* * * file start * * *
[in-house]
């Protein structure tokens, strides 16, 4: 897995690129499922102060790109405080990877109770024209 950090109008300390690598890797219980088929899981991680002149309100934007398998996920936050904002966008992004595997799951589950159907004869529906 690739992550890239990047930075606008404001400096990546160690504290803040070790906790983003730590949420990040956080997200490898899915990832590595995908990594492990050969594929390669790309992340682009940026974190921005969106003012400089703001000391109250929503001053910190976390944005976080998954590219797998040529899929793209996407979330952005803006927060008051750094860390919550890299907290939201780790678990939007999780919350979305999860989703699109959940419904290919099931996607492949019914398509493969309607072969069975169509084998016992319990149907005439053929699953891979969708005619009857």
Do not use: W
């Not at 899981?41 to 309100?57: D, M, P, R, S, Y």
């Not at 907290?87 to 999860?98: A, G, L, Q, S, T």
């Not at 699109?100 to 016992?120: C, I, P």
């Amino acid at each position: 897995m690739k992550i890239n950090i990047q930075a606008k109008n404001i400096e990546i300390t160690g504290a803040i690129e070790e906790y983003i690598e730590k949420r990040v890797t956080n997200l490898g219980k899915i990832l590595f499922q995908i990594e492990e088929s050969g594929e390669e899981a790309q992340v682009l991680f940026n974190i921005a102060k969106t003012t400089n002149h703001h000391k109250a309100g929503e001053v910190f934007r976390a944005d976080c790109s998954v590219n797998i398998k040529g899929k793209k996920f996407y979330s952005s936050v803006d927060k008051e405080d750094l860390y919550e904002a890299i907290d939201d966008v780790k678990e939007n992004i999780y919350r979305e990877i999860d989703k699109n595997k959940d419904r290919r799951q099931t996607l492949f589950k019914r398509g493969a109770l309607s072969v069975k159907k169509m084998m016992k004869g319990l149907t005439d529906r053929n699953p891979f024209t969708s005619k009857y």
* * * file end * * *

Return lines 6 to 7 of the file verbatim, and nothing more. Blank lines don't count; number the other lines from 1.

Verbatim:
């Not at 699109?100 to 016992?120: C, I, P």
């Amino acid at each position: 897995m690739k992550i890239n950090i990047q930075a606008k109008n404001i400096e990546i300390t160690g504290a803040i690129e070790e906790y983003i690598e730590k949420r990040v890797t956080n997200l490898g219980k899915i990832l590595f499922q995908i990594e492990e088929s050969g594929e390669e899981a790309q992340v682009l991680f940026n974190i921005a102060k969106t003012t400089n002149h703001h000391k109250a309100g929503e001053v910190f934007r976390a944005d976080c790109s998954v590219n797998i398998k040529g899929k793209k996920f996407y979330s952005s936050v803006d927060k008051e405080d750094l860390y919550e904002a890299i907290d939201d966008v780790k678990e939007n992004i999780y919350r979305e990877i999860d989703k699109n595997k959940d419904r290919r799951q099931t996607l492949f589950k019914r398509g493969a109770l309607s072969v069975k159907k169509m084998m016992k004869g319990l149907t005439d529906r053929n699953p891979f024209t969708s005619k009857y």